I'm staunchly against the culture of offense which drives so much American opinion and policy these days. Having managed a very large online community, I learned that offense is 1.viral (if one person vents about what offends them, you can count on an epidemic of outrage in short order), and 2. unquenchable (once offense is expressed - and especially once it's coddled - there's no end to it; you can massage every wound, pad every sharp edge, but umbrage will continue to madly accelerate. Encouraged to ceaselessly monitor her comfort level, a princess will always detect a pea).
Trying to soothe everyone creates a dystopia. Academia is experiencing this as we speak. We just can't go that route. People living in a plurality, as we do, must restrain their offense-taking. Every minority deserves equal freedom and rights, but not the further step of insulation from offense. Pluralism is inherently frictional. We don't want to open that worm can. It bears repeating: offense is unquenchable.
That said, the confederate flag, with its clear racist association, being hoisted by governments at this late date seems nearly unbelievable. It's an extreme case, akin to the American Nazi Party marching in Skokie (home to many Holocaust survivors). On the other hand, I supported that march.
I also acknowledge that the Confederate flag is a symbol of Southern heritage, which certainly includes much more than the horrendous treatment of African-Americans. We didn't force the Germans to reject all German culture after the Nazi defeat; everyone deserves to celebrate their heritage, even if it means looking past dark parts - as it does for every one of us**. If we were to shun the heritage of every culture which has ever committed atrocities, we'd be a blanked-out world devoid of all culture or tradition.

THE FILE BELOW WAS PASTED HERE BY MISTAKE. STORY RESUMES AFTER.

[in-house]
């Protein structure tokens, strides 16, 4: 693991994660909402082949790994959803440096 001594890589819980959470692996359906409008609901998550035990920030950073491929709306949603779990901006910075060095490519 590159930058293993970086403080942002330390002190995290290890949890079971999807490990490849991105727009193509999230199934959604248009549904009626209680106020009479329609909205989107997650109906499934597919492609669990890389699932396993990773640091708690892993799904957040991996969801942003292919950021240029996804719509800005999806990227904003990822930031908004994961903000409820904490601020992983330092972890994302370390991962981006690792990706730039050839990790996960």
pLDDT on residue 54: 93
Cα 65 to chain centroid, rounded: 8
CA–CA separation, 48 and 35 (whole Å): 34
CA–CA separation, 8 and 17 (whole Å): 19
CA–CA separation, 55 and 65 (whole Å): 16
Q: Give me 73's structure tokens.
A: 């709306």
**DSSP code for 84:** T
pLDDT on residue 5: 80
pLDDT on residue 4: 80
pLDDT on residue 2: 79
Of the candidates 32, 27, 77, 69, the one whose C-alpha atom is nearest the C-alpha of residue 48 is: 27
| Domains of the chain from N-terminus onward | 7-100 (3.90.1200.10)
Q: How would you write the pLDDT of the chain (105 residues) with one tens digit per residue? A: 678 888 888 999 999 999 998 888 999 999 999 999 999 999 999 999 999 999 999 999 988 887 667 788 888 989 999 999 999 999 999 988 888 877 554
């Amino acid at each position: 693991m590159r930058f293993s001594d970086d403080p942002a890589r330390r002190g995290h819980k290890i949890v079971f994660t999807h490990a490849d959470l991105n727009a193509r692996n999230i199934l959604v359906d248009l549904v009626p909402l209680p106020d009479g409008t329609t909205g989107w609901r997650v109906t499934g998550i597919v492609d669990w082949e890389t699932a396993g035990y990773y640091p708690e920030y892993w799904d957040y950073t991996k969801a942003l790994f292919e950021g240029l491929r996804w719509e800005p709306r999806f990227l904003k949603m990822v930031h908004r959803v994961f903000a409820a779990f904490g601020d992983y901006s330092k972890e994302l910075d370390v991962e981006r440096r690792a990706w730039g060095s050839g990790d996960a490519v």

That said, Germany doesn't permit the flying of the Nazi flag. Germany and German heritage are fine. Nazi heritage...not so much.
The analogy isn't perfect. And while the frictions of pluralism may be forgivable, organized hatred and its symbols feel like another thing. But is the Confederate flag truly that? America, too, has done despicable things, persecuting and killing a great many innocent people. Survivors and descendants may feel traumatized by our continued existence. Does this make the stars and stripes a symbol of hate? How virtuous must a culture be to be entitled to celebrate itself? And who decides that?
Back and forth, the matter keeps ping-ponging inside me. The only thing I'm sure of is that, like many other issues most people consider profoundly simple, it's deeply complicated. But, in any case, it certainly doesn't revolve around any one instance of horrible violent persecution.
** - Even the atrocity of slavery is a stain shared by all Americans - including African-Americans. Being American means taking on the baggage as well as the privileges. You and I may not have tortured prisoners in Abu Ghraib, and our families may not have owned slaves, but if the country isn't us, then what, exactly, is it?
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